Yemen’s new coalition government, which came into being recently after the signing of a Gulf Cooperation Council (GCC)-brokered power transition deal and envisages President Ali Abdullah Saleh stepping down on 21 February, has numerous problems to tackle but few resources.
“The job before us is big and resources are scarce. We need to work together day and night to have the job done,” newly appointed Prime Minister Mohammed Salim Basindwa, from the opposition, told the first cabinet meeting on 11 December.
Already weak, the country’s economy has lost around US$17 billion since nationwide protests started in February 2011, according to Mohammed Mohammed Salah, deputy chairman of the chamber of trade and industry.
Mutahar al-Saeedi, an economist at Sana’a University, said international aid is urgently needed: “It will be very difficult, if not impossible, for the new cabinet to make progress without the support of the international community,” he told IRIN.
Restoring basic services such as water and electricity and resolving the ongoing fuel shortage top the new government’s priorities.
“The Ministry has gone bankrupt as the absolute majority of citizens have been refusing to pay electricity bills since the protests began. It is finding it increasingly difficult to fund operations for fixing the severely damaged national grid,” Ali Salim Alwan, a former adviser to the minister of electricity and energy, told IRIN.
According to Mohammed al-Maitami, another economist at Sana’a University, Yemen currently requires up to US$15 billion to fund the government budget for the coming year. “Without international aid, Yemen will not survive,” al-Maitami said.
On 14 December, the UN appealed for US$447 million to help address the very serious and increasing developmental and humanitarian challenges in the country, which include malnutrition levels well in excess of the emergency threshold.
“In Yemen, the number of people suffering from severe food insecurity has climbed to more than 2 million in recent months,” the appeal document warned. “An estimated 466,000 children under 5 are acutely malnourished, and the number of [internally displaced people] has nearly doubled since 2010.”
Although the power transition deal has been signed and a new cabinet formed, young protesters are still camping out in several cities. They oppose any immunity from prosecution for Saleh and his relatives as set out in the power transition deal.
On 12 December, thousands marched in the flashpoint city of Taiz, demanding Saleh be put on trial, and chanting “No immunity to the killers”.
“We will stay here until Saleh and his relatives are removed from power and tried before our eyes… They killed several hundred protesters… Women are widowed and children orphaned,” Mohammed al-Emad, a protest leader in Sana’a, told IRIN.
According to the GCC-brokered deal, one of the new cabinet’s jobs is to negotiate with protesters and persuade them to go home, something the young activists are not yet ready to do.
“Those [opposition] parties sold out… They made a deal with killers…We will not negotiate with them…We will continue protesting until all our demands are met,” said Ahmad al-Faqeeh, a protest leader in Dhamar city, 100km south of Sana’a.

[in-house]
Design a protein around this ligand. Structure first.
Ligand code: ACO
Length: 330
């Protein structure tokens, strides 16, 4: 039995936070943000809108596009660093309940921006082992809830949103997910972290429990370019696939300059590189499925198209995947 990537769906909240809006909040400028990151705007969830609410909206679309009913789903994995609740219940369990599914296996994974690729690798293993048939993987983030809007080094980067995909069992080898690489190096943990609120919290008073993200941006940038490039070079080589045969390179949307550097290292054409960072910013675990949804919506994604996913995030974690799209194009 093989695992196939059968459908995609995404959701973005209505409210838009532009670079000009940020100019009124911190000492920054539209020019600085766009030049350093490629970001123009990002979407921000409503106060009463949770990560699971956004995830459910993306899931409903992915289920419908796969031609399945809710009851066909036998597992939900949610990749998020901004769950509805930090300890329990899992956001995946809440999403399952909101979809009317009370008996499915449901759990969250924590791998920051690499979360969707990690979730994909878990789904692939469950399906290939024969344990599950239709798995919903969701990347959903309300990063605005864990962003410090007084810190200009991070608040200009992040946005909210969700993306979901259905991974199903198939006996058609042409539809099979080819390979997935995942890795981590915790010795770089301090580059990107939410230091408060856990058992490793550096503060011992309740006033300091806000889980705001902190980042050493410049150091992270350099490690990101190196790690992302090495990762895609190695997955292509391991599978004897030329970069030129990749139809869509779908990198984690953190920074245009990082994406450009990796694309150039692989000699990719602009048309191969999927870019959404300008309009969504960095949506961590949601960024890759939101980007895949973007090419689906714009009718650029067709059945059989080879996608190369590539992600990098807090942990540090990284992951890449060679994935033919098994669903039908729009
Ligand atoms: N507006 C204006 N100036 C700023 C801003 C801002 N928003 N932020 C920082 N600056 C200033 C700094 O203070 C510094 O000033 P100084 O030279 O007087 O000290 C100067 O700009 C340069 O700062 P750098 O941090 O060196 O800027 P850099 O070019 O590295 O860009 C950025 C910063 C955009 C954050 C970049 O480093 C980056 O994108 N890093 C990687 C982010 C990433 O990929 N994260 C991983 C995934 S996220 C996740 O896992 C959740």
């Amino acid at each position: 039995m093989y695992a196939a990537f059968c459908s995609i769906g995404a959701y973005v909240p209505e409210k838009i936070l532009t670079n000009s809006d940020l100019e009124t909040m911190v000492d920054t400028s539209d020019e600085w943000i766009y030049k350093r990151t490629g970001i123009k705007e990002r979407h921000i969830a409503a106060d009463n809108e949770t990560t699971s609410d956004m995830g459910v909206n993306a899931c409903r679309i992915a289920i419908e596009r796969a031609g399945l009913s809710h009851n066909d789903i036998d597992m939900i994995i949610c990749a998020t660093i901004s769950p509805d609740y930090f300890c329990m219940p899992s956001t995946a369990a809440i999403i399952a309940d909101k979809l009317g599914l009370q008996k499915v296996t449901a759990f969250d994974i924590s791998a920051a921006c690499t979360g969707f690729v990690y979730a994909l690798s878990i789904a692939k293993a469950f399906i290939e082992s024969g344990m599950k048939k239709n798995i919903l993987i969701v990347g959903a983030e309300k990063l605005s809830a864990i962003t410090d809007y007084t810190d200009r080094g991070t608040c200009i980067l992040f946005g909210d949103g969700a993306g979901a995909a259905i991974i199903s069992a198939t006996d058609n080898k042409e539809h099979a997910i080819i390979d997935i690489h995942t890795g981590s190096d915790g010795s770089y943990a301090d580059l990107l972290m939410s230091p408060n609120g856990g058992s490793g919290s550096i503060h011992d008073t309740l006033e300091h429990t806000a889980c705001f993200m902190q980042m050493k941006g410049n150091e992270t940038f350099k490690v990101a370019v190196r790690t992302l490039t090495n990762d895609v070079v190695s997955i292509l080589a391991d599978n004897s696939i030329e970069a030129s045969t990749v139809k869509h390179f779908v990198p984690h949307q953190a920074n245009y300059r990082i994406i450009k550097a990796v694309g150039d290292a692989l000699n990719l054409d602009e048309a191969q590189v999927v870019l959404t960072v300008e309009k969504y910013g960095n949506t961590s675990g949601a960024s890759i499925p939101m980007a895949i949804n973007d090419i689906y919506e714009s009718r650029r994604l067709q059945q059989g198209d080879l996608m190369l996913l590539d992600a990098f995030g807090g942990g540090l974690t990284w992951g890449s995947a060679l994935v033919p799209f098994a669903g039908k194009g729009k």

Observers say political parties made a mistake excluding young activists from the GGC deal.
Young people were a major driver of the power transition deal, said newspaper columnist Hadra Nasser al-Jahmaa, from the southern city of Aden. “The cabinet will not succeed unless it allows them to play a big role in the transition,” he told IRIN.
Armed and security forces
One of the tasks facing the new cabinet is restructuring the divided army and security forces, the top echelons of which are still controlled by Saleh’s relatives.
A 14-member military committee, jointly formed from Saleh’s supporters and the opposition, is supposed to undertake this task under cabinet supervision, but analysts believe Saleh will resist the dismissal of his son and three nephews from sensitive posts in the army and security forces.
“Saleh is planning to remain a key political leader in his party. It is unlikely that he will accept the removal of all his relatives from their posts,” Abdulhamid Amer, chairman of local NGO Brotherhood and Social Peace Association in the northern governorate of al-Jawf, told IRIN.
Political analyst Mohammed Ezzan, who is also a law lecturer at Hudeidah University, said the issue is one of the most sensitive: “Over the past three decades, it is the army that has been running the country and not the government… Restructuring the army is more likely to see the sharpest disagreement, if not a clash, between cabinet members from both sides [ruling and opposition parties].”
Work cut out
The new government will also have its work cut out to ease tensions in the south.
Improving living conditions in southern governorates and providing jobs in the near future is key, said Ahmad al-Zuqara, a member of local NGO the Yemen Election Monitoring Network (YEMN). “However, I think this is beyond the capacity of the new cabinet due to lack of funding.”
Add to that the 100,000 people who have been displaced from their homes due to fighting between the government and Al-Qaeda affiliated militants.
The conflict in the north, where Houthi-led Shia rebels have been seeking autonomy and hundreds of thousands of civilians are still displaced and/or reliant on aid, will be a further problem for the government.
Houthis are opposed to the GCC-brokered deal since Saleh signed it in Saudi Arabia, and this would be “a hurdle for any potential negotiation between the government and hardliners”, said Abdurrahman al-Marwani, chairman of local NGO Dar al-Salam Organization.
Theme (s): Conflict, Economy, Governance, Health & Nutrition, Refugees/IDPs, Security,
[This report does not necessarily reflect the views of the United Nations]